ABC is now in the fast lane when it comes to getting affiliate stations on board with emerging digital MVPDs.
The network has enlisted more than 160 of its 200 affiliate stations to join the ABC Clearinghouse initiative unveiled last year at the National Assn. of Broadcasters’ convention in Las Vegas. ABC offered its affils the chance to opt-in to a uniform carriage deal template negotiated by network executives in an effort to ensure that the network has a robust presence on emerging platforms.
As NAB begins again this week, ABC said it has marshaled more than two-thirds of its affiliates, plus the eight ABC O&Os, for live streaming carriage pacts with DirecTV Now, Sony PlayStation Vue, YouTube TV and CenturyLink. There are more deals to come with the soon-to-be-unveiled service from Hulu and other nascent ventures. Amazon, for one, is known to be pursuing a skinny-bundle streaming channel package that would include local broadcast affiliates of the Big Four networks.
“Our goal was to pioneer a creative distribution solution that reaches ABC viewers in as many markets as possible,” Ben Sherwood, Disney-ABC Television Group president, told Variety. “More people will be watching more of our programming on more devices because of these deals. We want to be everywhere our viewers are. The enthusiastic response to this is a win for our affiliates, our distributors, our network and our studio.”
As part of the Clearinghouse process, ABC was able to galvanize affiliates to expand the availability in local markets of authenticated on-demand access to ABC programming via the ABC app and TV Everywhere services offered by traditional MVPDs as well as digital upstarts. ABC said the network’s on-demand footprint has expanded to 90% of U.S. TV households.
John Rouse, ABC’s exec VP of affiliate relations, said the Clearinghouse initiative was a good opportunity to strengthen the network’s business relationship with its affiliates by moving together into a new distribution realm.
“The local-national partnership is the best way for us to reach consumers across the nation,” Rouse told Variety. “Affiliates see that [streaming] is a growing market and something that viewers are responding to. We’re seeing that already in our owned stations.”
ABC is also working on a turnkey technological service that will make it easier for affiliates to deliver their signals to various digital platforms. The technological infrastructure needed to deliver local stations into specific markets is quite sophisticated, Rouse said. Disney is investing in technology designed to allow affiliates to use one system to deliver signals to multiple platforms at the same time.
The Clearinghouse offer was attractive to affiliate owners because it allowed them the flexibility to opt in to ABC’s template on a case-by-case basis depending on the distributor. Even ABC’s largest affiliate groups — Sinclair Broadcast Group and Scripps Co. — saw the benefit of going through Clearinghouse to streamline the process that would have otherwise required multiple negotiations. ABC brought the market clout of Disney to its negotiations with distributors, plus the promise that numerous ABC affiliates would also sign on. Hearst Television and Tegna Media are among the sizable ABC affiliate owners also on board.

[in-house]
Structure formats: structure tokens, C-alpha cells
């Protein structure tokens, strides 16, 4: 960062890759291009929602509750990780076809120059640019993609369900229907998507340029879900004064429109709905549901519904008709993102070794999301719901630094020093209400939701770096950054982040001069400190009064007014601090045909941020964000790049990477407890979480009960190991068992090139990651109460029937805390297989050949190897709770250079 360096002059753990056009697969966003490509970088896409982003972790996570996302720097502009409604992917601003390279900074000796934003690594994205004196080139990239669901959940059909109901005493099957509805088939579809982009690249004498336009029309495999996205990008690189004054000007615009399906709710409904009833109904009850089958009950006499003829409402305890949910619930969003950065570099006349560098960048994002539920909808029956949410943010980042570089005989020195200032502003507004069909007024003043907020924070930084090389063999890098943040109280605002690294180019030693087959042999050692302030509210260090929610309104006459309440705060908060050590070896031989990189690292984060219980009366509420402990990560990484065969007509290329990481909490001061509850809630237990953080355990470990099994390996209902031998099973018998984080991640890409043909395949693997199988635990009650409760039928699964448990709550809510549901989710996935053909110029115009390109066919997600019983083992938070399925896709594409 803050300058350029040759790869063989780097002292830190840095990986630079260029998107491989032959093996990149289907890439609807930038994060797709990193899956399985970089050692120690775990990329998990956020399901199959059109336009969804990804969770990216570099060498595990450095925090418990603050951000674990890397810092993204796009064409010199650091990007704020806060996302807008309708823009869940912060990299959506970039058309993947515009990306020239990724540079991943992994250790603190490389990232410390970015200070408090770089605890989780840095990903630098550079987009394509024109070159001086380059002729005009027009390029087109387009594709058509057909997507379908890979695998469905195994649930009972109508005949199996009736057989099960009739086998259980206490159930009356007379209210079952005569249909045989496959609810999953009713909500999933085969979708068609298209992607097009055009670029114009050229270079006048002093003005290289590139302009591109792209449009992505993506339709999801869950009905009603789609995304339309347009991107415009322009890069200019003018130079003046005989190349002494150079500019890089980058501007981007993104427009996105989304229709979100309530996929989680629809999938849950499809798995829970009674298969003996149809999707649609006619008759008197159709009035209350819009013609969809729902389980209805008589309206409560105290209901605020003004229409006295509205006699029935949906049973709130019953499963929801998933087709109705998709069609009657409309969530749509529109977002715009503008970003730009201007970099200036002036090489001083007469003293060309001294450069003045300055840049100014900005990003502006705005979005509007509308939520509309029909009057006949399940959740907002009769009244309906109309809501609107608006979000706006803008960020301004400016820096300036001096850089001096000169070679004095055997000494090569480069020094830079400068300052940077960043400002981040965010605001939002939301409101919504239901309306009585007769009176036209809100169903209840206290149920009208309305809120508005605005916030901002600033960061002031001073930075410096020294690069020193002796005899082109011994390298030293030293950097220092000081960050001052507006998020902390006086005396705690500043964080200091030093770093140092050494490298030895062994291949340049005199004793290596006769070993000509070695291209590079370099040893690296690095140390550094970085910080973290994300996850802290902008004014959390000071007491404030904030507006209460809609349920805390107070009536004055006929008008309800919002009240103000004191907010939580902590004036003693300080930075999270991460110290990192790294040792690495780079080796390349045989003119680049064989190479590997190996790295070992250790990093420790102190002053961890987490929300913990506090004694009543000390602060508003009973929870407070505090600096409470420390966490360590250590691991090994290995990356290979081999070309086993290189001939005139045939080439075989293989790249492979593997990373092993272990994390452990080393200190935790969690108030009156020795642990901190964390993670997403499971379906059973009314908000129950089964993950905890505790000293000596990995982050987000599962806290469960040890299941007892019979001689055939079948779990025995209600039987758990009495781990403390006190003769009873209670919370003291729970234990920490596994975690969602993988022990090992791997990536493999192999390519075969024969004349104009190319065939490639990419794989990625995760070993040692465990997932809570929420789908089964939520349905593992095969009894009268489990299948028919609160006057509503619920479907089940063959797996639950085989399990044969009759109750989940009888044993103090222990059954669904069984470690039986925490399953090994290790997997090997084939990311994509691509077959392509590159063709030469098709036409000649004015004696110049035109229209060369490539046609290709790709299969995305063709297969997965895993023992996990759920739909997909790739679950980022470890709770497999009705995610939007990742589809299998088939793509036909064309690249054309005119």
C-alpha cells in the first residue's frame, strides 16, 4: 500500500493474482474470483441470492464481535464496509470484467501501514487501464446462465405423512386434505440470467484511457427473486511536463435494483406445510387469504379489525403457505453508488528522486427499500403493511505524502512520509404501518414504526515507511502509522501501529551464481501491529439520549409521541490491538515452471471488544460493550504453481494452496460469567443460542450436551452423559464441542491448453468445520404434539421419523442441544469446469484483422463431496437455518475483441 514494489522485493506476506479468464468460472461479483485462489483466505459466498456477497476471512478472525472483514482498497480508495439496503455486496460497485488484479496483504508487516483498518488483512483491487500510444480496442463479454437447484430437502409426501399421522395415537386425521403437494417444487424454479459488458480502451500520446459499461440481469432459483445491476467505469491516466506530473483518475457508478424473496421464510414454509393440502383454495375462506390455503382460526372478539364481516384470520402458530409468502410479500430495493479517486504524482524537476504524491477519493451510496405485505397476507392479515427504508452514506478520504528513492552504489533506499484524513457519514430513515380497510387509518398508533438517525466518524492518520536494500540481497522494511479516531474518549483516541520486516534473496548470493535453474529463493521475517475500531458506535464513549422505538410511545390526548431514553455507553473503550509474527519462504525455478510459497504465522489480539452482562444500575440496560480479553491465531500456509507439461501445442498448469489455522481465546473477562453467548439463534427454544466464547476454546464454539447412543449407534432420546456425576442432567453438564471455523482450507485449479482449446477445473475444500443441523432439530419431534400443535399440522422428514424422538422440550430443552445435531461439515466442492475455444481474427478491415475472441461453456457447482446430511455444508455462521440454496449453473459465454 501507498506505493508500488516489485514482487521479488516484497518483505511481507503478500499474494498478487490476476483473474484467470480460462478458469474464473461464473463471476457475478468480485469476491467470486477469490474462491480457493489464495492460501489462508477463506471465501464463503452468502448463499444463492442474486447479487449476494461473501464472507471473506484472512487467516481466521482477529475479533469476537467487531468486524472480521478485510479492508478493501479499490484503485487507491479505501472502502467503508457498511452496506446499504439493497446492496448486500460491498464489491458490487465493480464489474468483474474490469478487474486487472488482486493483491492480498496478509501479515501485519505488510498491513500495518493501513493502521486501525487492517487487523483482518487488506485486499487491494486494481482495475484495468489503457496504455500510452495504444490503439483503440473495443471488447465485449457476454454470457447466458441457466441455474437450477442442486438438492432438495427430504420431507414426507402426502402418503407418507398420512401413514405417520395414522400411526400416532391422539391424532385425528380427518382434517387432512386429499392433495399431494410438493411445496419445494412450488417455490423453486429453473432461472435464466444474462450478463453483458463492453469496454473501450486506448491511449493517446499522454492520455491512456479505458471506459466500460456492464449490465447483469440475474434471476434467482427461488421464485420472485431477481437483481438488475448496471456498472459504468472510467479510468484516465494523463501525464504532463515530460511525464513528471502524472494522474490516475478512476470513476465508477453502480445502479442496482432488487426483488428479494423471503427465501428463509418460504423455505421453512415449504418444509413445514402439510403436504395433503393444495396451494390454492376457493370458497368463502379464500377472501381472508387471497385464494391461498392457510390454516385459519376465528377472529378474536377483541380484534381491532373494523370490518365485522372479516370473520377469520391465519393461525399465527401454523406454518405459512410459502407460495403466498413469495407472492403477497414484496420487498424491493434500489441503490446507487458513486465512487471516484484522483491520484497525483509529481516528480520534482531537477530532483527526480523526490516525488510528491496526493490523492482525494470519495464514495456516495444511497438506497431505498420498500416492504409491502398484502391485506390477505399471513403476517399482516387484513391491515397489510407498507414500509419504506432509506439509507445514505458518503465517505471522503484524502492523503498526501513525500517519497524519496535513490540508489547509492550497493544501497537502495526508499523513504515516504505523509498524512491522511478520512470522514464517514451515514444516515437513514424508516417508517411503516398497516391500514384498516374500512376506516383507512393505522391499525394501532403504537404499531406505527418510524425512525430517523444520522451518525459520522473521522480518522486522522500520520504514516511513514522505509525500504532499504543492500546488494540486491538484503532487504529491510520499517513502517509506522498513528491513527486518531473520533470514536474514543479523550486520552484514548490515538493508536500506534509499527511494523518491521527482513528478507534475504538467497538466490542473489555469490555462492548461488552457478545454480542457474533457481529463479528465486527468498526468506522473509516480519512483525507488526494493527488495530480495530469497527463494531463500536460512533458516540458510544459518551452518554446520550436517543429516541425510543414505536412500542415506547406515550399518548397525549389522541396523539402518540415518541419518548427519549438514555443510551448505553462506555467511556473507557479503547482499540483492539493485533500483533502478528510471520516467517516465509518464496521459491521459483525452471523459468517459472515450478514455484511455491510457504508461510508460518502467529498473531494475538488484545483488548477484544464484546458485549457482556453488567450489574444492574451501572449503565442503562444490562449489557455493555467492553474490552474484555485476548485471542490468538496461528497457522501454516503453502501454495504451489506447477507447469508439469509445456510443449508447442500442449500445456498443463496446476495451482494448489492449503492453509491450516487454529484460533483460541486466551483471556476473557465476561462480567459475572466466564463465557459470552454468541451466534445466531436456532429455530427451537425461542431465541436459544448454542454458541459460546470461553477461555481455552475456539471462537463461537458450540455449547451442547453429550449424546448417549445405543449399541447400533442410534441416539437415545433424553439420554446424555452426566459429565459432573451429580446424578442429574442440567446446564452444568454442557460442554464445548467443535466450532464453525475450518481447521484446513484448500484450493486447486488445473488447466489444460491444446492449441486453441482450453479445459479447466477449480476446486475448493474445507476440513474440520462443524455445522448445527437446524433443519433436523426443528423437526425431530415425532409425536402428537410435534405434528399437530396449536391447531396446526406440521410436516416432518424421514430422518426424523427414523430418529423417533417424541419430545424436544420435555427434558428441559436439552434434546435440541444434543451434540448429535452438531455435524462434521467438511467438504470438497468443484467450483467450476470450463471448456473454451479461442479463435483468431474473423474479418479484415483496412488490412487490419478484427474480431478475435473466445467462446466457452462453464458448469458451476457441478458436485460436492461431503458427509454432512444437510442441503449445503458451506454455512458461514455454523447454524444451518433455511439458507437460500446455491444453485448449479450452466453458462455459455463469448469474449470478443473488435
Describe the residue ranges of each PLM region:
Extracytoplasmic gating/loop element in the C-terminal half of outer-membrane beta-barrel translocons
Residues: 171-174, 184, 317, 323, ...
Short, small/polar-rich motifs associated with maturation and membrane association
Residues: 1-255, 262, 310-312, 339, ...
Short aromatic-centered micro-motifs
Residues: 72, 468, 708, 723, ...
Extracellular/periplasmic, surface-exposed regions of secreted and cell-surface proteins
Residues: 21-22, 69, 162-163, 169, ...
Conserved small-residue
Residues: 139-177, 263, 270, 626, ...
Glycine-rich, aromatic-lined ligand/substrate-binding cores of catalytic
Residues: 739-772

ABC had discussions for months with its affiliate owners on how to best hammer out the Clearinghouse agreements to serve the needs of the network and local stations. NBC earlier this month announced a similar opt-in program for its 200-plus affiliates.
“We spent a lot of time discussing how to construct this,” Emily Barr, chairman of ABC’s Affiliate Board of Governors and president-CEO of Graham Media Group, told Variety. The flexibility to opt-in on a deal-by-deal basis was key.
Barr said ABC’s forward-looking effort helped emphasize the importance of the local-national business model of the major broadcast networks.
“We’re most excited that [distributors] have discovered that having a local TV station for the average person is absolutely critical for any [channel] package,” she said. “We bring a lot of value, not just because we’re affiliated with ABC but because of our local news and community programming.”
Clearinghouse benefits ABC by ensuring that the network’s programming will be widely available on new platforms. ABC also gets a cut of affiliate distribution revenue in the form of reverse compensation that most Big Four network affiliates fork over to help pay for high-priced sports and entertainment programming. That means ABC and other networks have an interest in making sure affiliates cut deals with emerging distributors.
The pacts are said to be structured similar to traditional retransmission consent license fees that are determined by the number of subscribers a service has in a given market, rather than a revenue-sharing arrangement. Barr said the time frame of the deals were “not exceptionally long” to give stations the chance to revisit the contracts sooner rather than later as the market develops.
CBS has most of its affiliates on board as partners in its CBS All Access SVOD service and is looking to take a similar steps with outside distributors. Fox is believed to be moving in the same direction.
“There are efforts being made by all the networks to thread this needle,” Barr said. “This is a great opportunity for affiliates to work closely with our networks and [MVPDs] to provide viewers with more choices. It will be interesting to see what happens with consumer behavior. Time will tell how people use these services.”